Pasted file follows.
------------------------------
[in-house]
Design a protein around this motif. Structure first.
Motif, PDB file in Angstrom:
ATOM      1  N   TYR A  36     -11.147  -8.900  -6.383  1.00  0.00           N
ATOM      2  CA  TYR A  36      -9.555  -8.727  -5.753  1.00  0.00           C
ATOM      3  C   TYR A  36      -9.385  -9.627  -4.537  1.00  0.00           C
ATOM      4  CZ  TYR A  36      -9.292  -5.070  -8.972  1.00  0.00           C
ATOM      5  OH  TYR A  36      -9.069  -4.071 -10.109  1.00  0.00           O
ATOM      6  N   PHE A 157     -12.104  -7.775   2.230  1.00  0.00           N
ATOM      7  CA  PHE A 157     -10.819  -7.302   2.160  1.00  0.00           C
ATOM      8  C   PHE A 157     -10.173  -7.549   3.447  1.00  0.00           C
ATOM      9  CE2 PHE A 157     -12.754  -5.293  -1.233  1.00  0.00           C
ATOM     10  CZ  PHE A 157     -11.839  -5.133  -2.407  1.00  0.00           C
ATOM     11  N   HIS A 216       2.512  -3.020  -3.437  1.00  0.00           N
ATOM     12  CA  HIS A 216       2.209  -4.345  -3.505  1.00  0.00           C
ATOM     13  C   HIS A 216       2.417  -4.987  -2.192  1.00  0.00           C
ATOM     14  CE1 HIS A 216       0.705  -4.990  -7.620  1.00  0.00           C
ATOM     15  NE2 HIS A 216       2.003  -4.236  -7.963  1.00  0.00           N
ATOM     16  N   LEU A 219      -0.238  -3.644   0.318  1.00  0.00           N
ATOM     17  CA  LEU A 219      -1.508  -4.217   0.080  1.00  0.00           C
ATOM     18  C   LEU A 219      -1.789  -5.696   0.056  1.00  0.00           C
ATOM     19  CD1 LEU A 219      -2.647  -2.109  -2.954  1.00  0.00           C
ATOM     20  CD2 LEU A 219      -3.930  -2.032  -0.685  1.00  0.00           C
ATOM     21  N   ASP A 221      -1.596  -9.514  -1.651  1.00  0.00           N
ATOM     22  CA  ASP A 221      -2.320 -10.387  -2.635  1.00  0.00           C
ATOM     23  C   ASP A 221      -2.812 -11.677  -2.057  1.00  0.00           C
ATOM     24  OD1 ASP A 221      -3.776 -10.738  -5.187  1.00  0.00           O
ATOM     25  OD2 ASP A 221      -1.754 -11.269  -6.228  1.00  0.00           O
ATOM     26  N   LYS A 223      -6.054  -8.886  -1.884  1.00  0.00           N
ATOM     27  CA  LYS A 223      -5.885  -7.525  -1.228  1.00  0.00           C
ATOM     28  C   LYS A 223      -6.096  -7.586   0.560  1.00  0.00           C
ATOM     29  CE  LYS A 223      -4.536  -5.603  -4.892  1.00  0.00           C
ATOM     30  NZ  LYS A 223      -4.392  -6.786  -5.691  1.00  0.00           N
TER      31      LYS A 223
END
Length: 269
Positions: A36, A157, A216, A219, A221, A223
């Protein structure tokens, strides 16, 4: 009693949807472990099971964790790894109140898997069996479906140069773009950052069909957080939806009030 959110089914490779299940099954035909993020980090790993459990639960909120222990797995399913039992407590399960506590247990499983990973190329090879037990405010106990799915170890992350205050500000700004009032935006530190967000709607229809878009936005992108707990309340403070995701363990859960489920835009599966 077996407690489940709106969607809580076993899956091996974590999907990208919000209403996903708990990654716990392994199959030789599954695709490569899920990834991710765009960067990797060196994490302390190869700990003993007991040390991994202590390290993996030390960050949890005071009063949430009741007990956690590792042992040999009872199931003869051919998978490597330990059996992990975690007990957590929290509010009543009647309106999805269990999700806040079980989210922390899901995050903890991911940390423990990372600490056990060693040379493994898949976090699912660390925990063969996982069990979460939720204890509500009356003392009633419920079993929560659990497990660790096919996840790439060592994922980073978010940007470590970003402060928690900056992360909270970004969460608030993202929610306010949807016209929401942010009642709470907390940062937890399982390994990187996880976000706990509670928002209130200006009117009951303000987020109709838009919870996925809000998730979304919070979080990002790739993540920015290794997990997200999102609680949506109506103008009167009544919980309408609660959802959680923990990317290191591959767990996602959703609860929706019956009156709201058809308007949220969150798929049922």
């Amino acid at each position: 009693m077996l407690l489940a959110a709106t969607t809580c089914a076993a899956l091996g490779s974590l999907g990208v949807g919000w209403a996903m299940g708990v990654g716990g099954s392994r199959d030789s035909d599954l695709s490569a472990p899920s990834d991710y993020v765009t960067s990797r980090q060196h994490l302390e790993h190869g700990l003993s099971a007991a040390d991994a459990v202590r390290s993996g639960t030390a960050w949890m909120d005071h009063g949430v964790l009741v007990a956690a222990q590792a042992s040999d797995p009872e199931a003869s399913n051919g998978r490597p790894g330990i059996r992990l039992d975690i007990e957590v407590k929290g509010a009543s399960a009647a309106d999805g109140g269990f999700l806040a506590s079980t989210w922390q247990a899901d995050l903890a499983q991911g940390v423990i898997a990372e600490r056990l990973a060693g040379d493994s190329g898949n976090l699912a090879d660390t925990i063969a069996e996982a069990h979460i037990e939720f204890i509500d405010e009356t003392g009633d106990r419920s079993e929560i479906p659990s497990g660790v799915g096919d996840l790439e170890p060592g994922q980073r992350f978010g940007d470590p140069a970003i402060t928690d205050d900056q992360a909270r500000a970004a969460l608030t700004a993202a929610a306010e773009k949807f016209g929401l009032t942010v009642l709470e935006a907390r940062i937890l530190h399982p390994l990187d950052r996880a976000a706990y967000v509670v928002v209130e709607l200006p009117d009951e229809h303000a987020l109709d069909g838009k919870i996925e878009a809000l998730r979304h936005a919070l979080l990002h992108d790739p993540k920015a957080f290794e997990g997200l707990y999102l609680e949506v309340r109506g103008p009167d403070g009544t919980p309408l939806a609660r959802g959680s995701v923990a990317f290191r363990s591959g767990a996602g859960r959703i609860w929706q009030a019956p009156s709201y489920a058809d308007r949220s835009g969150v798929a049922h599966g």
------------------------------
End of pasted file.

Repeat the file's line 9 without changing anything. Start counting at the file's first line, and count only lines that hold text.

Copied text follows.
ATOM      6  N   PHE A 157     -12.104  -7.775   2.230  1.00  0.00           N